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Thursday, February 10, 2011

Cleveland, Ohio: Professional Sports' Ground Zero?

The Drive.  The Fumble. Game Seven of the 1997 World Series. The Decision.  And, now, The Streak.

When it comes to professional sports, no city in America may be more cursed than Cleveland, Ohio.  The last time this city laid claim to a national championship in any sport, be it football, basketball, or baseball, was in 1964, when Jim Brown helped lead the Browns to their last NFL Championship.  To my knowledge, no other major city in America has had a drought that long.  Even cities such as Minneapolis-St. Paul has celebrated a Twins World Series in the last 30 years, their last being in 1991.  To many outsiders Cleveland is looked upon as the laughing stock of all pro sports, where many professional athletes past their prime go to ride off into the provebial sunset. If Cleveland sports were to resemble a person, it might be Rodney Dangerfield. Yet, all joking aside, is Cleveland the 'Ground Zero' of professional sports?  Has it hit rock bottom?  Will the city ever boast another champion?

The issue of whether Cleveland is the punchline of all pro sports cities is nothing new.  In fact, as each year passes, the debate of which pro sports city is most downtrodden usually begins and ends with the 'Mistake by the Lake.'  Yet recent struggles by the Browns, Cavs, and Indians have not helped Cleveland's cause. I can't imagine what it must be like to be a sports fan and live in that city.  Being a Browns fan, I have taken my share of verbal taunts from other fans, but when people try to shove my nose in the fact that Cleveland is such a lost cause I simply shrug my shoulders.  After all, I am from Columbus, and, while the Blue Jackets haven't been on a roll lately, this town is more known for Ohio State football anyway.  I can't imagine what must be going through the heads of fans who shelled out for Cavs season tickets and are currently witnessing the biggest one season letdown in all of professional sports.

That the Browns(or Clowns, as they have been referred to), Cavs, and Indians are all losing is not the issue, however.  Whether any of the three franchises can rise above their current misfortunes to bring home a professional championship is.  The Indians seem to be in a perpetual rebuild mode, where they trade away every good player they have for a minor league prospect once the veteran has reached a particular salary threshold.  Soon not only will the Tribe be the youngest team in Major League Baseball, it will also be the only franchise where every player on the roster has to show proof he is of legal age to work the in the U.S.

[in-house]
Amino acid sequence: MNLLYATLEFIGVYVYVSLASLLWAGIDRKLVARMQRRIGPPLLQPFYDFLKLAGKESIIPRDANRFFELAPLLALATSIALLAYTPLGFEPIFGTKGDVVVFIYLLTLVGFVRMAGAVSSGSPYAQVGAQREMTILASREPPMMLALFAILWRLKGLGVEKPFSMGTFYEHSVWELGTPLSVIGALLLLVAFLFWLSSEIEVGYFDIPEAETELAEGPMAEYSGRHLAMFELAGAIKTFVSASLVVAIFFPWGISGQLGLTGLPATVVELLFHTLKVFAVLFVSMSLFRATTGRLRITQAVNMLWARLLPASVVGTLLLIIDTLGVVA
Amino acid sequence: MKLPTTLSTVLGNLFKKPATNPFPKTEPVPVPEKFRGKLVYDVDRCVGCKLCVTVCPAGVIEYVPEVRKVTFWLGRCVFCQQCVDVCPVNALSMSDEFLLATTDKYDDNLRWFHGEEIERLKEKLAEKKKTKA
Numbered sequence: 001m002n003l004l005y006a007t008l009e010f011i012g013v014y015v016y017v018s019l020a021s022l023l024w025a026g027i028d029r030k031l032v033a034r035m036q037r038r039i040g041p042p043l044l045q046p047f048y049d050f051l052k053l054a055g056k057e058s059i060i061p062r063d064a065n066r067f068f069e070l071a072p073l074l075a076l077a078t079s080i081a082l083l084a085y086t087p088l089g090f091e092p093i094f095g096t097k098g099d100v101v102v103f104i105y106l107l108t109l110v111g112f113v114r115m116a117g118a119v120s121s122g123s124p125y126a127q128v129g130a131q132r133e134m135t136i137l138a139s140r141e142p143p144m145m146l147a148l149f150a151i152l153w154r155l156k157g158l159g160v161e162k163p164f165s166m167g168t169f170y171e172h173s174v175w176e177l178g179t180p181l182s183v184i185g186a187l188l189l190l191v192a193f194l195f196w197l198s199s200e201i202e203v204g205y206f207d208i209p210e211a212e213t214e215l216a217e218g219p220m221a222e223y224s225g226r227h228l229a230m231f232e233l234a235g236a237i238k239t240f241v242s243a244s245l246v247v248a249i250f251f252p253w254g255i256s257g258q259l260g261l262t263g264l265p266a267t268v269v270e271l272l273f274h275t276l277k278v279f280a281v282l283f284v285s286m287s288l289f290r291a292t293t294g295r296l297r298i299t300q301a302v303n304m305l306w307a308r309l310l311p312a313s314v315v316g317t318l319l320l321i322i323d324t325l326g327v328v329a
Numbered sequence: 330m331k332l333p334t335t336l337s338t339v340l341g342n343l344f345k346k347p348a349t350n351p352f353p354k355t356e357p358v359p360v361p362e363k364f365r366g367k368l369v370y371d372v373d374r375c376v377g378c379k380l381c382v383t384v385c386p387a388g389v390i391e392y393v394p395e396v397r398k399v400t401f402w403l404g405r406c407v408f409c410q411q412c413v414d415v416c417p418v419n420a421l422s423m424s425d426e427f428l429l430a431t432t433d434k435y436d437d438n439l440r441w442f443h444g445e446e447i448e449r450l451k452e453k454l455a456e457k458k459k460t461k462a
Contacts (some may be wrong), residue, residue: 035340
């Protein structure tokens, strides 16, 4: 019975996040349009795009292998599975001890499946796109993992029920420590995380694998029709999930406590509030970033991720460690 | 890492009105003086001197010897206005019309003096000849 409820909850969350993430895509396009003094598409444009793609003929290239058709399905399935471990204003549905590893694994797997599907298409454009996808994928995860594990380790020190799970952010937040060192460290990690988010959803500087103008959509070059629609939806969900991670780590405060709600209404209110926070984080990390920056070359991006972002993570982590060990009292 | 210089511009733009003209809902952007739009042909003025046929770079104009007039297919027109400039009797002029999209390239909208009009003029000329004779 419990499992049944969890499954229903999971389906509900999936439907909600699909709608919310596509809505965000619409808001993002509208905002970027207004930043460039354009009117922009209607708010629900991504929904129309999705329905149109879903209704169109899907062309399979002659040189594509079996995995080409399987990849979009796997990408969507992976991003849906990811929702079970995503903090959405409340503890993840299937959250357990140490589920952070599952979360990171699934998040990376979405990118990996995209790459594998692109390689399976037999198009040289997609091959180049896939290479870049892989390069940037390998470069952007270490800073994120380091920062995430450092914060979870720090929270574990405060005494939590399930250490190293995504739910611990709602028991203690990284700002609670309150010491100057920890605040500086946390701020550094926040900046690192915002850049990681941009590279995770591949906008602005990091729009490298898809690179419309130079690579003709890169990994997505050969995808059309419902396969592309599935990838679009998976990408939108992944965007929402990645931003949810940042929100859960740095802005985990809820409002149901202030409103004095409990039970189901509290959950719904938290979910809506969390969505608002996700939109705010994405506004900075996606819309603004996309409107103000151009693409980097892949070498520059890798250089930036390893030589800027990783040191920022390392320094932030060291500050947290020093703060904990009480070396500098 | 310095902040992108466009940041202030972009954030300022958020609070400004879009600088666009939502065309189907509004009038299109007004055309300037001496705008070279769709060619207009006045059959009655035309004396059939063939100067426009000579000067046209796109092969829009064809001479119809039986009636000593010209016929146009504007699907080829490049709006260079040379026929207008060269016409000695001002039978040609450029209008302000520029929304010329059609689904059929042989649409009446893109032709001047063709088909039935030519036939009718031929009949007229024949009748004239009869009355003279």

The Browns continue to look for a return to their glory days, all the while looking more like the inept expansion franchise the NFL granted Cleveland over 10 years ago.  The Browns have brought in front office names such as Carmen Policy, Dwight Clark, Phil Savage, yet the results have been modest at best: only two seasons above .500 and one playoff berth(a wild card loss).  Owner Randy Lerner hopes his most recent front office hire,  Mike Holmgren, will bring some of the magic he had in Green Bay and Seattle with him.   Fans just hope the Browns can make it back to the playoffs sometime in the next decade.

Then there are the Cleveland Cavaliers, the NBA's newest punching bag.  The Cavs thought they had a championship locked up on that fateful day in 2003 when they drafted a kid out of Akron named Lebron James.  Almost eight years, the Cavs, now minus Lebron, are the worst team(26 straight losses ties the Tampa Bay Bucs for longest losing streak in professional sports) in the league and have nary a championship to show for it.  Even the Los Angeles Clippers couldn't have had worse luck.  A few will say the Cavs' new savior will come along in OSU freshman sensation Jared Sullinger.  Yet it has been pointed out that Sullinger is not as dynamic a playmaker as Lebron, and he has already made it public he plans to stay in school for his sophomore year.  In any event, it will no doubt take a lot of work for the Cavs to go from what appears to be a 10-12 win season back to 50+ wins(if possible at all).

So, is Cleveland the laughing stock of pro sports?  Of course they are, and I say this knowing full well that should the NFL have a season in 2011 I will be back on the edge of my seat rooting for the Browns.  Yet you cannot deny the facts, and the fact is almost 50 years with no championships is a really long time.  The US  has been through nine presidents and three wars during that timeframe.  That is more than 11/2 times my age.  And you could probably see Cavs games for a dollar...wait, you can see Cavs games for a dollar now, too.  Seriously.  Need I say more?

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